There are three levels of DCTs: System, Subsystem, and Element. Each DCT has a purpose, an objective statement and associated Safety Attributes addressing Responsibility, Authority, Procedures, Controls, Process Measurement, Interfaces, and Safety Ownership. DCTs are not checklists of questions to ask the certificate holder's or applicant's personnel; instead, they are a means to assess a system, subsystem, or element.Element Design (ED DCTs) are mainly used during the certification process. These are covered in detail in FSIMS 8900.1, Volume 10, Chapter 5, Section 1.Here at part135.com we are mostly concerned with the Element Design (ED DCTs) because they are directed at the GOM, Compliance Statement, General Training and HazMat manuals.ED DCTs contain detailed design questions. Some elements by design will not have an associated ED DCT. ED DCTs are accomplished at the element level. For initial certification, the ED DCT is used to validate initial certification programs.ED DCTs assure that a certificate holder’s programs are designed to comply with the intent of the regulations and incorporate system safety.Response Choices to ED DCTs are "Yes" or "No."There are over 12,000 DCT questions in the FAA database. The DCTs that apply to your operations are determined by the OpsSpecs that you choose in the SAS External Portal. Two very similar operators can have different sets of DCT questions. The questions might be similar but have differing applicability.Let's assume for a moment that we have operator A and Operator B. Operator A may have combined the positions of the Director of Operations and the Chief Pilot. In the DCTs that address management personnel Operator A may get a set of DCTs with 30 questions while Operator B may have 32 questions. Question number 2 for Operator A may be the same as question number 4 for operator B. The reason for this is that the questions are numbered sequentially as they are selected by the FAA's computer. This means that we cannot address the questions using sequence numbers for any two operators. This becomes a problem when trying to cross reference the manuals to DCTs.Fortunately, each question has a question identifier (QID). These QIDs are used by us to identify the correct question and we can now provide the location in the manual where the question is answered.Each of our manuals are heavily cross referenced to the ED DCTs. Since we are not sure exactly which DCT questions you will have (unless you provide the list to us) we decided to answer all possibilities. That means that our cross reference should have more DCT references than you have questions. Each reference in the list will give you the QID and the page number where the DCT is addressed in the manual. Answering the DCTs without a cross reference would require you to do a key word search on the manual to find the location. We estimate that searching all DCTs could take over 900 hours of work. With the cross reference, it should only take about 30 hours of work on the external portal.The external portal is located at sas.faa.gov. When you go to that site you will see a notice that the use of the external portal is VOLUNTARY. That means that it is voluntary for you, not the FAA. You could have the FAA do the work for you but that will just make your certification take much longer. We have done most of the work for you. All you have to do is locate the QID in our list and enter the page number into the external portal. Clicking on the QID in the xref list will bring up a page showing the question. This is so you can confirm that the FAA question and cross referenced question are the same. Clicking on the page number will open the main document to the location where the DCT is addressed.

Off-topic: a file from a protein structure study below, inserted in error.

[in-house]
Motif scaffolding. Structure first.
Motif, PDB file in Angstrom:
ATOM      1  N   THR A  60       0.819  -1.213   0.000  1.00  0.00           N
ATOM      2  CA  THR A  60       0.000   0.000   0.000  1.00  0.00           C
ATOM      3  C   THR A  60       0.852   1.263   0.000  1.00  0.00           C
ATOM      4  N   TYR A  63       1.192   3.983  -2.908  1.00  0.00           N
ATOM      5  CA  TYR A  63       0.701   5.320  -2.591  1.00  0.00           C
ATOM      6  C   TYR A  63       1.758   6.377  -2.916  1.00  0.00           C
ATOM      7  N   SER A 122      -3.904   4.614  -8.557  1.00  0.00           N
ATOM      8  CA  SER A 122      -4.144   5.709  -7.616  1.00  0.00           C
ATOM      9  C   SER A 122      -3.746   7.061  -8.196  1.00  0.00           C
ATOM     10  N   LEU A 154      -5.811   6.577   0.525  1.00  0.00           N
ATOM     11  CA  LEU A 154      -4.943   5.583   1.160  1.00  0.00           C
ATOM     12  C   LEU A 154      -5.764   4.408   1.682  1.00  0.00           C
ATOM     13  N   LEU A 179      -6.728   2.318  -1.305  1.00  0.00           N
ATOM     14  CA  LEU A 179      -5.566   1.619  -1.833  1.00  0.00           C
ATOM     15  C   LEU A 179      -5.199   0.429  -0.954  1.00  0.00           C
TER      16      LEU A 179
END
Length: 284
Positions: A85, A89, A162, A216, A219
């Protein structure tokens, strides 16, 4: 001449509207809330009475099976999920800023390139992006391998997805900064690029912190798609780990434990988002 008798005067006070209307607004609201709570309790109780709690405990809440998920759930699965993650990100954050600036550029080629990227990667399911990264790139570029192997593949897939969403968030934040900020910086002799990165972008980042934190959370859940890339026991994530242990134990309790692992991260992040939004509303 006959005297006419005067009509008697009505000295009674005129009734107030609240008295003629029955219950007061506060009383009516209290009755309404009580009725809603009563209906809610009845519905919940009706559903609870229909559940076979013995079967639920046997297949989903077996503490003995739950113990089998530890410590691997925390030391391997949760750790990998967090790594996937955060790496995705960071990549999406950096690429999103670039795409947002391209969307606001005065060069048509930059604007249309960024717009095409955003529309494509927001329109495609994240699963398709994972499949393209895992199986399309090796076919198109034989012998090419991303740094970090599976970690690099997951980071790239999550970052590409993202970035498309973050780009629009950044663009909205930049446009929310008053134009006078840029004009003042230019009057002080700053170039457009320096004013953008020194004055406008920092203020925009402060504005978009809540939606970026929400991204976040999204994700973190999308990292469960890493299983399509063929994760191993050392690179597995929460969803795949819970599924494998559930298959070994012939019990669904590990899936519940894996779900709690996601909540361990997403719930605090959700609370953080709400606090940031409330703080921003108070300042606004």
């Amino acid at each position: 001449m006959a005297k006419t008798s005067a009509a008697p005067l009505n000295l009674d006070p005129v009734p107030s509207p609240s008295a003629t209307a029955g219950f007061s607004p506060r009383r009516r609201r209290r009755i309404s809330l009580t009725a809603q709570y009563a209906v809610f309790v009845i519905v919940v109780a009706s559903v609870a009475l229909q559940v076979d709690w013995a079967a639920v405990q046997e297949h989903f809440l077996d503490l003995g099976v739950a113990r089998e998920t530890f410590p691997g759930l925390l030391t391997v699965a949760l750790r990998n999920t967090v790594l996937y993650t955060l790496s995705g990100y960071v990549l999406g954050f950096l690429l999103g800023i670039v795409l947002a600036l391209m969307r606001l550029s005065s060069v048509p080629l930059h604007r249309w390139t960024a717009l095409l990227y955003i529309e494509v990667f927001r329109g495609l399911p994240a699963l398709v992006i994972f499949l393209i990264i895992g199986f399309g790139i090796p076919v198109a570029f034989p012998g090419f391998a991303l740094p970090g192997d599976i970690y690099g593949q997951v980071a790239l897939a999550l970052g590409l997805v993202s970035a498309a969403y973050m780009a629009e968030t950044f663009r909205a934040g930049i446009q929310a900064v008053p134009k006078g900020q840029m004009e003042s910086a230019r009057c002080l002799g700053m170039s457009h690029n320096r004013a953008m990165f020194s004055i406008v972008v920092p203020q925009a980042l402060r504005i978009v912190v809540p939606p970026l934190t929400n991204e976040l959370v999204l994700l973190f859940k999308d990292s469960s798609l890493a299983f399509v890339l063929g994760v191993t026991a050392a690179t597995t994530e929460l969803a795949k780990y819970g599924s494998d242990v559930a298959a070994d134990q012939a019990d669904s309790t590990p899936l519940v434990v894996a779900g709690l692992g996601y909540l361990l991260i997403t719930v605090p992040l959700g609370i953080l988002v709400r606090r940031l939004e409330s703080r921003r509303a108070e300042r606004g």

We provide the manuals in WordPerfect format for several reasons. The manuals are very large and can be complicated. Word is mostly a graphics based program and can be very slow and cumbersome on very large documents. If you give the FAA a Word document there is always the possibility that the document can be changed accidently even if it is locked. The FAA won't be changing a WordPerfect document because they are not allowed by law to use software produced in Canada and don't have a copy of WordPerfect..We also provide the manuals in PDF format. This is the format that the FAA wants from you. PDF files are easy for the end user to use and can work on any computer or device. The manuals are divided into cross-linked documents. For example, the GOM, Compliance Statement and Xref file are cross linked to each other. This keeps the size of the files more manageable and certainly more useful. Let's suppose that you are looking at the compliance statement and a regulation references a page in the GOM. When you click on the reference, the GOM will open to the correct page. The compliance statement will remain open so you can see both at the same time. If the two documents were in one large file you would have moved away from the position in the compliance statement. It would not be easy to return to that position to continue with your review. Using cross linked documents the problem doesn't exist.All our manuals have thousands of references to the regulations, advisory circulars and FAA references. All you have to do is click on a regulation and a webpage will open with the FAA reg. Click on an advisory circular and the circular will open as a PDF for your review.Give us a call at 530-727-8135 and schedule a demo of the manuals to see just how easy it is to navigate and review our manuals. We can also show you how to setup Adobe Reader or Acrobat to use multipal documents in cross linked mode.